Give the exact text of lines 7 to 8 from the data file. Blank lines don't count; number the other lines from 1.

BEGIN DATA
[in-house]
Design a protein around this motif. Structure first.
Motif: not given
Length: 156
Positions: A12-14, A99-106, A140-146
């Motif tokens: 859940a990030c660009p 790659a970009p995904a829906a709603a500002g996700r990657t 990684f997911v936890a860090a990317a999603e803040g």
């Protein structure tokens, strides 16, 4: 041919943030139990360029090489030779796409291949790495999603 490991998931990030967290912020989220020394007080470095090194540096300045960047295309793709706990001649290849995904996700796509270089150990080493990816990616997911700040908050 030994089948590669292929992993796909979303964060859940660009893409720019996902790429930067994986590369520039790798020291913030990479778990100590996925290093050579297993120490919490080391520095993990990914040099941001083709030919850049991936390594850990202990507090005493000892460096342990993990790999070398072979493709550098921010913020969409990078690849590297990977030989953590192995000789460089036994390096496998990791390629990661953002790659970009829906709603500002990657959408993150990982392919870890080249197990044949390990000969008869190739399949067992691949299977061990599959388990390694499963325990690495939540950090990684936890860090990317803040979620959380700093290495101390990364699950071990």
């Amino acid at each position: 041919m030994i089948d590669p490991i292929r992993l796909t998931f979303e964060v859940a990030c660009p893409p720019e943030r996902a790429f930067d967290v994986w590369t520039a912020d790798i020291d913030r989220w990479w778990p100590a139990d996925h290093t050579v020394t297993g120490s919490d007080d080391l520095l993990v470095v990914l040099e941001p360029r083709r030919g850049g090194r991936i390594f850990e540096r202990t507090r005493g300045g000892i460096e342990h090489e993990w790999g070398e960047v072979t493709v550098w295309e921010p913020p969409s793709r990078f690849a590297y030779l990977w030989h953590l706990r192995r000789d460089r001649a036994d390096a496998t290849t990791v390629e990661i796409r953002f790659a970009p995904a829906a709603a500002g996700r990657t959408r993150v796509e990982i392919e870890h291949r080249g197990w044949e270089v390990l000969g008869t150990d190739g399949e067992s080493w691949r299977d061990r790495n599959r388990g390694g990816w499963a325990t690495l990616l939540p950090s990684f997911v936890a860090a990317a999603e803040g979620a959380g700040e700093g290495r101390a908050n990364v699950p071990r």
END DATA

């Protein structure tokens, strides 16, 4: 041919943030139990360029090489030779796409291949790495999603 490991998931990030967290912020989220020394007080470095090194540096300045960047295309793709706990001649290849995904996700796509270089150990080493990816990616997911700040908050 030994089948590669292929992993796909979303964060859940660009893409720019996902790429930067994986590369520039790798020291913030990479778990100590996925290093050579297993120490919490080391520095993990990914040099941001083709030919850049991936390594850990202990507090005493000892460096342990993990790999070398072979493709550098921010913020969409990078690849590297990977030989953590192995000789460089036994390096496998990791390629990661953002790659970009829906709603500002990657959408993150990982392919870890080249197990044949390990000969008869190739399949067992691949299977061990599959388990390694499963325990690495939540950090990684936890860090990317803040979620959380700093290495101390990364699950071990």
């Amino acid at each position: 041919m030994i089948d590669p490991i292929r992993l796909t998931f979303e964060v859940a990030c660009p893409p720019e943030r996902a790429f930067d967290v994986w590369t520039a912020d790798i020291d913030r989220w990479w778990p100590a139990d996925h290093t050579v020394t297993g120490s919490d007080d080391l520095l993990v470095v990914l040099e941001p360029r083709r030919g850049g090194r991936i390594f850990e540096r202990t507090r005493g300045g000892i460096e342990h090489e993990w790999g070398e960047v072979t493709v550098w295309e921010p913020p969409s793709r990078f690849a590297y030779l990977w030989h953590l706990r192995r000789d460089r001649a036994d390096a496998t290849t990791v390629e990661i796409r953002f790659a970009p995904a829906a709603a500002g996700r990657t959408r993150v796509e990982i392919e870890h291949r080249g197990w044949e270089v390990l000969g008869t150990d190739g399949e067992s080493w691949r299977d061990r790495n599959r388990g390694g990816w499963a325990t690495l990616l939540p950090s990684f997911v936890a860090a990317a999603e803040g979620a959380g700040e700093g290495r101390a908050n990364v699950p071990r």